It could be a breakthrough for neurological research, experts say
THURSDAY, Nov. 8 (HealthDay News) -- The identification of a new marker is making it possible to track brain stem cells for the first time, U.S. researchers report.
The achievement is already opening doors to new research into depression, early childhood development and multiple sclerosis, the team's senior author said.
"This is a way to detect these cells in the brain, so that you can track them in certain conditions where we suspect that these cells play a certain role," explained Dr. Mirjana Maletic-Savatic, an assistant professor of neurology at the State University of New York, Stony Brook.
"This is also very applicable for situations where people envision the transplantation of stem cells into the brain," the researcher said.
The breakthrough "is very important, because it now allows us to look and see ways in which to measure changes in endogenous [natural] neural stem cells," agreed Paul Sanberg, director of the Center for Excellence for Aging and Brain Repair at the University of South Florida, in Tampa. He was not involved in the research.
The study was funded by U.S. National Institutes of Health and is published in the Nov. 9 issue of Science.
Diseases such as Alzheimer's, Parkinson's and multiple sclerosis, as well as traumatic injury or stroke, all cause debilitating injury to the human nervous system and/or brain. However, because stem cells have the potential to develop into other types of cells, scientists believe they might be manipulated to repair or replace lost cells and tissues.
In fact, key parts of the brain already produce their own stem cells, also called progenitor cells.
"There are two major areas where you can find them in the brain -- one is the center for learning and memory, called the hippocampus, and the other is around the brains' ventricles," Maletic-Savatic explained.
Like other adult stem cells in the body, these cells are held in reserve, so they can develop into new or replacement cells -- in this case, brain cells.
Stem cells in the hippocampus are particularly useful, because humans keep collecting memories. "Memories always change," Sanberg pointed out, so the brain needs new cells with which to store and interpret them.
But research in this area has been stymied by the fact that scientists haven't had any means of tracking neural stem cells. A noninvasive technology called magnetic resonance spectroscopy (MRS) has long been used to track the brain's two dominant cell types -- neurons and glial cells -- because scientists discovered molecular markers that reliably identify them on MRS.
But a marker for brain stem cells has remained elusive -- until now.
Using cutting-edge scanning and computer technology, Maletic-Savatic's team has discovered a chemical signature -- as yet unnamed -- that distinctly characterizes neural stem cells. "We think that it's a complex lipid or lipoprotein," the Stony Brook researcher said. Further investigation is under way to define and describe the molecule's identity, she added.
In MRS imaging studies in mice and rats, as well as in healthy human volunteers, the researchers tracked the quantity and location of neural progenitor cells in the brain. They even transplanted some of these cells into an adult rat's brain and used MRS to verify the transplant's location.
And in another first, Maletic-Savatic's team compared the concentrations of neural progenitor cells in the brains of young children, adolescents and adult humans. They found that -- as had been suspected from animal studies -- the number of these cells in the brain decreases markedly with age.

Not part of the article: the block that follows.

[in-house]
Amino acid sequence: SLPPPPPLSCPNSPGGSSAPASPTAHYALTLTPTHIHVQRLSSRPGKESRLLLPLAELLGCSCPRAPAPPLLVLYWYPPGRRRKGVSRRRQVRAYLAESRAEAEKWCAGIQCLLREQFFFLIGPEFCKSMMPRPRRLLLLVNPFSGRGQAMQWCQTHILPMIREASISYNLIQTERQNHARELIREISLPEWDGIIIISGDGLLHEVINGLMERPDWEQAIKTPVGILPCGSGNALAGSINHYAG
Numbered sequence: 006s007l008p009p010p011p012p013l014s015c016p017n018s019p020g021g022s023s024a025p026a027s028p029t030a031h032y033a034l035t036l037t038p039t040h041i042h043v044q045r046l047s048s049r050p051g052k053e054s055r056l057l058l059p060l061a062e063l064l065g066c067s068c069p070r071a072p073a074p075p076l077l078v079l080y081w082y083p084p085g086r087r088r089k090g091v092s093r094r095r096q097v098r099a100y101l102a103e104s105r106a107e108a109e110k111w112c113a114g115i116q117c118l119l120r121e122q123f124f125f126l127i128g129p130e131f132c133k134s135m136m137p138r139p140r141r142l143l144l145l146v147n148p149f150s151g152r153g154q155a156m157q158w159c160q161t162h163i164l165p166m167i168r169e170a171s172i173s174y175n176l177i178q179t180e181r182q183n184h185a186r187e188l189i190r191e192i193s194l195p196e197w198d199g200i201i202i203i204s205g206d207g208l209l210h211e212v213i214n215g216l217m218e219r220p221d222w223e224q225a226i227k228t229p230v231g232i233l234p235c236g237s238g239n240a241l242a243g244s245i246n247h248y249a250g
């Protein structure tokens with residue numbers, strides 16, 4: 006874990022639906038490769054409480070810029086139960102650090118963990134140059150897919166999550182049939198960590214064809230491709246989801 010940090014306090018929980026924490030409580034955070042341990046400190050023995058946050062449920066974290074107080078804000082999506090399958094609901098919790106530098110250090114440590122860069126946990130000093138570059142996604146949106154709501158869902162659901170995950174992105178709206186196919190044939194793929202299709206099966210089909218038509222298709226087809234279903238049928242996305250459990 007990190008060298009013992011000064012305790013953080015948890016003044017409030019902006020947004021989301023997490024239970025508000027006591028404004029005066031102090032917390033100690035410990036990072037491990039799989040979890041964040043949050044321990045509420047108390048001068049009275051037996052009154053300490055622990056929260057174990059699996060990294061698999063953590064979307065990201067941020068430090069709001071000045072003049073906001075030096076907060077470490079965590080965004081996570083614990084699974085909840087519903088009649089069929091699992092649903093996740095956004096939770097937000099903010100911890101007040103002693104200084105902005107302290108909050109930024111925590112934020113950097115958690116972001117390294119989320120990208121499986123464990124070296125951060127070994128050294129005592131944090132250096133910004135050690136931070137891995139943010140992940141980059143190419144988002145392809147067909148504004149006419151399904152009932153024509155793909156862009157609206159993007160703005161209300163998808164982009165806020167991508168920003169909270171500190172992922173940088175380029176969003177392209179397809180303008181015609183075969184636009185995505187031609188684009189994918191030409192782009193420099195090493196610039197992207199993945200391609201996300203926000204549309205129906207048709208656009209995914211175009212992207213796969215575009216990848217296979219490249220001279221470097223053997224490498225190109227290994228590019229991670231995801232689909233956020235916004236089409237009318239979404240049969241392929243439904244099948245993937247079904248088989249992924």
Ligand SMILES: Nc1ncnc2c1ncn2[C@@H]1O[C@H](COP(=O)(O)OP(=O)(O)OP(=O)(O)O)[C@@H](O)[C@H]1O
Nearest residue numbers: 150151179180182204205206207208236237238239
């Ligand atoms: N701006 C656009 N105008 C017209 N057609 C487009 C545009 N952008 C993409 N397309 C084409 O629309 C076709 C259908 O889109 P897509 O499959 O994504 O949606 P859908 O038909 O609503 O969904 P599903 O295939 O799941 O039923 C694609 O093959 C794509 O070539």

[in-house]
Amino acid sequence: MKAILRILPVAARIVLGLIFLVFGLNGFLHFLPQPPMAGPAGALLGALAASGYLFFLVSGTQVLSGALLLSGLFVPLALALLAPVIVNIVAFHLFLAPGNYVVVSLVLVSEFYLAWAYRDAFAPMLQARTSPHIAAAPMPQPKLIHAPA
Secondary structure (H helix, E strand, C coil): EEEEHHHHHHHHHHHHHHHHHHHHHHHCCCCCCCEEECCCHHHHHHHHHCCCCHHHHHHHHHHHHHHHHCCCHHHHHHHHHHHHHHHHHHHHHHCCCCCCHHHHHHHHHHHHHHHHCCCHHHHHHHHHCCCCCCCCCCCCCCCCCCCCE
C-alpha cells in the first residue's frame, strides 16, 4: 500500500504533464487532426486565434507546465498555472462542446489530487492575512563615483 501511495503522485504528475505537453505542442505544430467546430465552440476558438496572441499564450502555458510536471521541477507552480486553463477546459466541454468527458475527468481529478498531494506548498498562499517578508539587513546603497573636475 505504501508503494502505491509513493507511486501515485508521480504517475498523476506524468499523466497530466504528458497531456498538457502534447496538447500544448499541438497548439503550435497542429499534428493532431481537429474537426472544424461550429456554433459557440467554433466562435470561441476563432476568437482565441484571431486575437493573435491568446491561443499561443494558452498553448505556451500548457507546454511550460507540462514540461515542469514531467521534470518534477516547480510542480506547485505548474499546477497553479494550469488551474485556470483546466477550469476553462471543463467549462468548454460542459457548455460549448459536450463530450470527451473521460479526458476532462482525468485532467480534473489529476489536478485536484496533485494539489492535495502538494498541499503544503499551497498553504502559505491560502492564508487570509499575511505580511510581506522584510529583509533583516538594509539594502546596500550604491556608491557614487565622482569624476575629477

"We were actually really surprised that there was such a dramatic decline," Maletic-Savatic said.
The researcher said she's already planning to use the new tracking technology in a variety of neurological studies.
For example, it is suspected that antidepressants work by boosting the creation of new brain cells. With that in mind, Maletic-Savatic's team will use MRS to "clarify whether abnormalities in these progenitors have any role in causing depression," she said.
And, because she is primarily a pediatric neurologist, Maletic-Savatic said she is also planning a study looking at the cells' role in early brain development, "particularly in premature babies who can develop cerebral palsy and mental retardation."
Finally, multiple sclerosis patients may also benefit from MRS-guided research into neural stem cells.
"We are now doing a study that already started a year ago on patients with MS, and we plan to prospectively follow them and see whether we can use this biomarker as a prognostic tool," Maletic-Savatic said.
Research into a wide variety of brain disorders could also benefit from this type of stem cell research she added. Tracking stem cells in the brain has obvious implications for research into stem cell transplantation, but Maletic-Savatic said breakthroughs in that area are probably years away.
"On the other hand, if we find drugs or ways that can stimulate your own endogenous cells, that would be even better," she said.
Sanberg agreed that the ability of researchers to track neural stem cells is a boon to brain research.
"To be able to show that you are increasing neurogenesis in the brain through your treatment -- through drugs that induce neurogenesis -- that's going to be very important," he said. "This is a really strong first step."
Find out more on stem cells at the U.S. National Institutes of Health.
SOURCES: Mirjana Maletic-Savatic, M.D., Ph.D., assistant professor, neurology, State University of New York, Stony Brook; Paul Sanberg, Ph.D., distinguished university professor and director, Center of Excellence for Aging and Brain Repair, University of South Florida College of Medicine, Tampa; Nov. 9, 2007, Science
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